When the war was over she got a job as a cinema operator in Argyll. The newsreels of the liberation of Belsen horrified her. "It was extremely shocking for a girl of 18", she told one interviewer. "We were a very innocent generation."

She won a place at London's Old Vic Theatre School where she met and married her first husband, actor John Garley. He suffered from depression and took his own life in 1957.

Image caption,
A young June as Aisla Crane in 'The Case of the Frightened Lady' in 1957.

"He gassed himself using the coins I had left him for the gas meter," recalled Brown. "He'd had an affair with another actress, although I was the first to be unfaithful."

Despite their regular infidelities, she had found great companionship in her marriage to Garley. It was the second time in her life that bereavement had hit her hard.

Professionally, she was very successful. She spent years with the Royal Shakespeare Company, appearing on stage with Alec Guinness, John Gielgud and Peggy Ashcroft.

She played Hedda Gabler and Lady Macbeth but - to her lifelong regret - never got to play Cleopatra.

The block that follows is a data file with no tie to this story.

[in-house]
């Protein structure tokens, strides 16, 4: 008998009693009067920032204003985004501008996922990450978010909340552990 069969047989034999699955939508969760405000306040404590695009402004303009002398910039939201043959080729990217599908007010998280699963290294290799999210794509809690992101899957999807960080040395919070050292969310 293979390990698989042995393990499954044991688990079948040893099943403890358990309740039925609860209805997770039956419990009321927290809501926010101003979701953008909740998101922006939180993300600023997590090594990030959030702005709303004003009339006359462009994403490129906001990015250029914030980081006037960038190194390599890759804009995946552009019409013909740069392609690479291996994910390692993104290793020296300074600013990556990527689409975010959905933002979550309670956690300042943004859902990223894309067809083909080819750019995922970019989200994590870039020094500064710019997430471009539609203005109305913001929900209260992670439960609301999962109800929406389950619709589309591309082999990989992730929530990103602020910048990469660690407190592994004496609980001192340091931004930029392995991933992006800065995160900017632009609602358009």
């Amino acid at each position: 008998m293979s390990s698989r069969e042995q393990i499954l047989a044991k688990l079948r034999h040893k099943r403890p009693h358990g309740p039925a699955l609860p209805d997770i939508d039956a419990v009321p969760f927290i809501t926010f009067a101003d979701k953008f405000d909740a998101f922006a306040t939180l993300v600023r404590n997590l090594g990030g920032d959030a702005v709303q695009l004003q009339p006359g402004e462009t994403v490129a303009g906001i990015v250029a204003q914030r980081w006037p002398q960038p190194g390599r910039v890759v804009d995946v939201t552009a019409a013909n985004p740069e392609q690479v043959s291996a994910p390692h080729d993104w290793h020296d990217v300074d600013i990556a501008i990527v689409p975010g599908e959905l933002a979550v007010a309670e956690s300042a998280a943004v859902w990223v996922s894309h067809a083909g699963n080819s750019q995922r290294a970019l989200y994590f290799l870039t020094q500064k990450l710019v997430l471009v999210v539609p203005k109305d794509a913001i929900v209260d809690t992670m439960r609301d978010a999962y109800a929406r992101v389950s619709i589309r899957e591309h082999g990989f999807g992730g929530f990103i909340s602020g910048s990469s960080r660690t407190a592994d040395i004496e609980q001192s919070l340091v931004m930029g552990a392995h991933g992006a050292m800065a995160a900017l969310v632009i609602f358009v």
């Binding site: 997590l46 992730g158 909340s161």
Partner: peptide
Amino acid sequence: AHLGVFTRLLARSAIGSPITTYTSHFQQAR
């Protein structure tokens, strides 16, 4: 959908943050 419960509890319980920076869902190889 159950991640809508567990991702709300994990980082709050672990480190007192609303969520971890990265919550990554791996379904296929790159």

In 1958, she married actor Robert Arnold who starred in the BBC series Dixon Of Dock Green. The couple shared 45 years of marriage, before Arnold died of pneumonia in 2003.

They had six children together in just seven years, although her second daughter Chloe, born prematurely at 28 weeks, died after just 16 days.

Image caption,
In urgent conversation with Doctor Who's assistant, Sarah Jane Smith (Elisabeth Sladen). June Brown played the 13th century 'Lady Eleanor'.

They were together - despite many more flings and affairs - for 45 years until his death in 2003.

Motherhood saw the acting work dry up. Brown considered completing her education and even began A level biology. But she found it too much to juggle in her forties - with so many children - and never completed the course.

She gave acting another go in the 1970s - with a series of small parts in film and television. There were appearances in Coronation Street and Doctor Who.

And then Leslie Grantham, who played EastEnders' Dirty Den put her forward for the part that would make her a British icon.

Dot Cotton